One important aspect of the estate planning process that is sometimes overlooked is the importance of planning for incapacity. Estate planning tools can help estate planners prepare for if they become incapacitated in the form of several different types of documents estate planners should consider including in their estate plan.
Advance healthcare directive
Advance healthcare directives are also referred to as living wills. An advance healthcare directive can specify the types of medical care and treatment the estate planner wishes to receive. It can also specify if there are types of medical care and treatment that the estate planner does not want to receive.
Power of attorney for healthcare
A power of attorney for healthcare designates a trusted individual to direct the estate planner’s medical care and treatment if they are unable to direct it for themselves. This may go beyond the advance medical directives, if there are circumstances or medical care that is needed that are not addressed in the advance healthcare directive.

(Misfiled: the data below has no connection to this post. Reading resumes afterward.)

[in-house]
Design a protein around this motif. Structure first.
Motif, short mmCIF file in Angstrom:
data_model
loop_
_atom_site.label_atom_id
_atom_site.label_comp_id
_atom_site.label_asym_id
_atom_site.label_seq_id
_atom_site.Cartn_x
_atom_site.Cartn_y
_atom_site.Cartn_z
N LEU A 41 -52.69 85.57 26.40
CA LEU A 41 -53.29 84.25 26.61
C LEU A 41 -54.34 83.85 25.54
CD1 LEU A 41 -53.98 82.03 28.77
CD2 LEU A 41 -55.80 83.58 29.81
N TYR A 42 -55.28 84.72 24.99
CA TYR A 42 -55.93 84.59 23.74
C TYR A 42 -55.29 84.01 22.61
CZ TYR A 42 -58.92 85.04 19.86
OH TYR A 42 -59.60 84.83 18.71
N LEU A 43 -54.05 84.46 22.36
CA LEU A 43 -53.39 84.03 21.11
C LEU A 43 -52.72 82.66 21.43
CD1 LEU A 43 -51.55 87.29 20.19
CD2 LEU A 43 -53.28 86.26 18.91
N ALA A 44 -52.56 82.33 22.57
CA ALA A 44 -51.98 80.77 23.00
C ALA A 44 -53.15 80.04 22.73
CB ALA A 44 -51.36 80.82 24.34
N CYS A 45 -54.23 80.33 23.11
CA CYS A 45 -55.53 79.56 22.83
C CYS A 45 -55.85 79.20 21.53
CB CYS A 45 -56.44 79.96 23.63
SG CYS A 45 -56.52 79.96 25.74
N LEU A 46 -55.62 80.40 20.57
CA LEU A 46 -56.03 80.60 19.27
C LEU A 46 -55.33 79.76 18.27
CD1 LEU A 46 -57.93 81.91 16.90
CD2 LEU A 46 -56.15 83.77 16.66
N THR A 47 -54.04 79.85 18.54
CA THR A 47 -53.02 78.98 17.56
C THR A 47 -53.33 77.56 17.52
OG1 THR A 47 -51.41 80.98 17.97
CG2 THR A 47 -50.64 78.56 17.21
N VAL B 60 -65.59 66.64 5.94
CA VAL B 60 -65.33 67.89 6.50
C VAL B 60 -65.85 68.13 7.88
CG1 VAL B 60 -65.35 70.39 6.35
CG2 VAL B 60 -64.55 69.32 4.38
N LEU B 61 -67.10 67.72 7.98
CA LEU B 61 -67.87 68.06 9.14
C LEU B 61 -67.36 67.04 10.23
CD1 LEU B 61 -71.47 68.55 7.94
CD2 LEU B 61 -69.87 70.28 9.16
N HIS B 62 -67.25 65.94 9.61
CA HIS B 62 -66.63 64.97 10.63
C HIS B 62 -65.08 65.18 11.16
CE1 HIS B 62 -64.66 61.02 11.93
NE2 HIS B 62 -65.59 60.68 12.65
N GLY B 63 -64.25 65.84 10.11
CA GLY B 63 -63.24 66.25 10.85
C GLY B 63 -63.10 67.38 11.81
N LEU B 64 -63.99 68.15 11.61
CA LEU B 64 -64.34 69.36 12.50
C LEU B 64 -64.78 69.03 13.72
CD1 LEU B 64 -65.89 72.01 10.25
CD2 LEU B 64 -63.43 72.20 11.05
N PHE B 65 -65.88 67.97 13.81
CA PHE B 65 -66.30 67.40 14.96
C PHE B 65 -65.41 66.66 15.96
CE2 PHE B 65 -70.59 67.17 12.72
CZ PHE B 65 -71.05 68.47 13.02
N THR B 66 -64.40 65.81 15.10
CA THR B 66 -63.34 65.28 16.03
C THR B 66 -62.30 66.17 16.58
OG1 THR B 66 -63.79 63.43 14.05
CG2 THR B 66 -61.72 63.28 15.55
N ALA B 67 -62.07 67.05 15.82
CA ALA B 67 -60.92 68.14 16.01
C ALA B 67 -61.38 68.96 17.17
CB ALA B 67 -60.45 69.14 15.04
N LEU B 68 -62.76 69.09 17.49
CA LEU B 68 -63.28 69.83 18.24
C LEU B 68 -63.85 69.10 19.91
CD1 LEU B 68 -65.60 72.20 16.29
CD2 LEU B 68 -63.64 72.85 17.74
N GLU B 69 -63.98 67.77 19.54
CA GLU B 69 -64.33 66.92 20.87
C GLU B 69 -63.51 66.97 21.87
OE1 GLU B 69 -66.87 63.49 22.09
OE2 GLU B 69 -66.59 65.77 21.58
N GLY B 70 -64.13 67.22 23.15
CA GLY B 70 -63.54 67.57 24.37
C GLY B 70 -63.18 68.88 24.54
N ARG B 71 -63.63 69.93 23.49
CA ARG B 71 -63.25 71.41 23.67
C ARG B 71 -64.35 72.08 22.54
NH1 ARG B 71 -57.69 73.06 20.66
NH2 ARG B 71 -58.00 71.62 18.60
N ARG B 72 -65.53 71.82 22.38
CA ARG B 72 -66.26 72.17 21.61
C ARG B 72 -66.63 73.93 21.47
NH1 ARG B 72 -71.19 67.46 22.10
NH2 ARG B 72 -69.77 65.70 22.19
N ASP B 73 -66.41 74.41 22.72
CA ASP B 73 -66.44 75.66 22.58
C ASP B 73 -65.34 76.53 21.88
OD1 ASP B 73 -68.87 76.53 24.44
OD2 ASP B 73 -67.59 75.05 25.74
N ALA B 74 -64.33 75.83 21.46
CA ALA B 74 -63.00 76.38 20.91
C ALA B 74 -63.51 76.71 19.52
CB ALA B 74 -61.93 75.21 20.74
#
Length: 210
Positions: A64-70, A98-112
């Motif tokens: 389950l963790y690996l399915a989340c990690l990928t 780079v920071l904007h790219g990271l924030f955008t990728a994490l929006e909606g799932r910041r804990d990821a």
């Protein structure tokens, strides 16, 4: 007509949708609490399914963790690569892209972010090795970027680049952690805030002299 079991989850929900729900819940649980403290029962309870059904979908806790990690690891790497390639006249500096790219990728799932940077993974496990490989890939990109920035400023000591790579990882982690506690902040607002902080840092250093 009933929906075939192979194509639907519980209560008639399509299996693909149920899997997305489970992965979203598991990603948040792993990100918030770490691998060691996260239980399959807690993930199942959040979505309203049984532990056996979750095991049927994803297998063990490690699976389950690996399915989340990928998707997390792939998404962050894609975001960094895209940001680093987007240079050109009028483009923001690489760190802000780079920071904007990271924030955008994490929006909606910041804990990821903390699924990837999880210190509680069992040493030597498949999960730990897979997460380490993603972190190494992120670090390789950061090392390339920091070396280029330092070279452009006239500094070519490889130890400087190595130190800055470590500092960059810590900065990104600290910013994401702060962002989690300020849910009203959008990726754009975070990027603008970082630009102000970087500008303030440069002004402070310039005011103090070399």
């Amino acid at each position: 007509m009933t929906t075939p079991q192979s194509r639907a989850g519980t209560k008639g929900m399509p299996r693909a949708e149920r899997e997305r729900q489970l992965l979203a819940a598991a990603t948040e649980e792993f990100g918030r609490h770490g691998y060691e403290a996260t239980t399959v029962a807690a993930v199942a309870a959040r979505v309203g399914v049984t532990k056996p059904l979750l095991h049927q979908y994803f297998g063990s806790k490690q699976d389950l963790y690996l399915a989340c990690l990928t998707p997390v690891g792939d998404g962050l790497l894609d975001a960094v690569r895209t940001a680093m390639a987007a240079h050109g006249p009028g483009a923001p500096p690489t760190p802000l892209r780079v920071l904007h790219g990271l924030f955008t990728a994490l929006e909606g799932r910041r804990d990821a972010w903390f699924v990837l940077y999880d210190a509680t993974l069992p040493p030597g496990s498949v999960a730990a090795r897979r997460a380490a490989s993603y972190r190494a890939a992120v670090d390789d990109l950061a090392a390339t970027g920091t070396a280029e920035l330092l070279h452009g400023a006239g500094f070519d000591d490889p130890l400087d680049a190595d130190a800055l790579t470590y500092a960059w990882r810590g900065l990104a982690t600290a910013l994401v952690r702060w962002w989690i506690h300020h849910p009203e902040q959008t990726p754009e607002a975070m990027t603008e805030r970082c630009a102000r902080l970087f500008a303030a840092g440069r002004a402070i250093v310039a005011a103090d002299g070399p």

Power of attorney for financial affairs
A power of attorney for financial affairs designates a trusted individual to direct the estate planner’s financial affairs if they are unable to direct it for themselves.
Having a plan for incapacity is important and can save the estate planner and their families worry and anxiety. As this blog also recently discussed, it is equally important to routinely update an estate plan which includes updating an advance healthcare directive and power of attorney designations as needed. A plan for incapacity, like all of an estate plan, can provide important peace of mind for estate planners and their loved ones.